- Only running systems when they’re required, by deciding which equipment needs to be running where and when based on a schedule of when and where the building is generally occupied and the weather
- Ensuring that the different systems within the building are running at minimum capacity
- Decreasing peak demand by reducing power to certain systems, like lighting, when the power draw of a building reaches a set number (with minimal impact on occupant comfort)
BASs are very effective in hospitals due to the large amount of energy hospitals consume and the specific needs of different rooms. BASs must be commissioned and operated properly for full energy-saving benefits to be realized.
Installing energy-efficient lighting has the potential to cut energy costs while improving satisfaction and performance among patients and staff. Hospital lighting retrofit projects can have an average payback of less than 1.9 years, according to a study of 10 hospitals in New York.
LEDs. LEDs are well on their way toward becoming an effective option for a growing variety of uses, including replacing incandescent lamps, parking lot lighting, recessed downlighting, ambient lighting in offices, and many high-bay applications. Despite technological advances, successful application of LEDs still requires care in selecting products that will meet specific illumination needs, match manufacturer claims, and be compatible with any controls that are employed. In a 2014 case study, a hospital replaced 1,262 CFLs with LEDs that were compatible with the existing sockets and ballasts. According to Next Generation Luminaire (NGL) Downlight Demonstration Project: St. Anthony Hospital (PDF), this decreased total annual energy use by 59 percent. The estimated energy savings were 131,279 kWh per year, translating to annual savings of $15,193 at $0.12/kWh.
LEDs require less maintenance than most other light sources as they boast a life ranging from 25,000 hours to more than 100,000 hours, depending on the application. The competition ranges from 1,000 hours for incandescent lamps to as much as 70,000 hours for induction lighting. For conventional lamps, such as incandescent, fluorescent, or high-intensity discharge (HID) lamps, life is defined as the hours of operation after which half of a representative sample of lamps can be expected to fail. In contrast, LEDs don’t generally fail outright, rather, their output declines over time—so the industry generally defines LED life as the point at which the light output has declined to 70 percent of its original value.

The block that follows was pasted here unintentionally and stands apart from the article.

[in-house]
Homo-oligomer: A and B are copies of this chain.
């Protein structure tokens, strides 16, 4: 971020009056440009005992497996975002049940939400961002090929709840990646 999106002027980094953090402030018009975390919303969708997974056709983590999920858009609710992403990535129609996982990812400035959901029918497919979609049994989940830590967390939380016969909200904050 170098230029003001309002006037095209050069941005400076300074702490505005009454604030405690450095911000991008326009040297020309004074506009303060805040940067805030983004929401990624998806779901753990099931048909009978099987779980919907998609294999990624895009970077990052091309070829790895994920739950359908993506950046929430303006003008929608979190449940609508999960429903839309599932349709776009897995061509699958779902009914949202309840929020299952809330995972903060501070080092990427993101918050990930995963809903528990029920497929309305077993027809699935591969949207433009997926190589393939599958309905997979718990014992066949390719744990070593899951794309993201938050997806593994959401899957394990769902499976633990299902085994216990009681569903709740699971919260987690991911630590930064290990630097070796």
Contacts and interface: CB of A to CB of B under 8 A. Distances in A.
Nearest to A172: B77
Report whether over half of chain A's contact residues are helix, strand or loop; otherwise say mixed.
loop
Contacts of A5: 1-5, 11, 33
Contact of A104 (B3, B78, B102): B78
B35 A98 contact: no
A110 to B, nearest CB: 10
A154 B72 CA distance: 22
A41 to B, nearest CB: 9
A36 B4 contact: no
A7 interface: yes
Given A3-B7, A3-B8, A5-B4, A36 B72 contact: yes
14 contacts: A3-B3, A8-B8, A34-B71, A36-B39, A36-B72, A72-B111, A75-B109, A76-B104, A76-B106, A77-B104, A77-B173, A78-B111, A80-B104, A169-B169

Fluorescent lamps. If your facility uses T12 fluorescent lamps or commodity-grade T8 lamps, relamping with high-performance T8 lamps and electronic ballasts can reduce lighting energy consumption by 35 percent or more. Adding specular reflectors, new lenses, and occupancy sensors or timers can double the savings. Paybacks of 1 to 3 years are common. LEDs, in the form of replacement tubes, retrofit kits, or new fixtures, have also become a viable option, offering considerable savings even compared to the best fluorescent options.
Smart lighting design in parking lots. Parking lots are often overlit; an average of 1 foot-candle of light or less is usually sufficient. The most common lamps used for outdoor lighting are HID sources—including metal halide and high-pressure sodium lamps. In recent years, fluorescent lamps, CFLs, and induction lamps have also become viable sources for outdoor lighting, offering good color quality and better control options than HIDs. But the best choice in most outdoor applications is LEDs—they can reduce light pollution and light trespass while offering high efficiency and long life. LED fixtures can be expensive, but costs are decreasing and performance continues to improve. LEDs also work better than other light sources with dimming and occupancy-sensing controls, which can lead to increased energy savings in parking lots.
Security lighting. Using occupancy sensors with outdoor security lighting can save energy and improve security.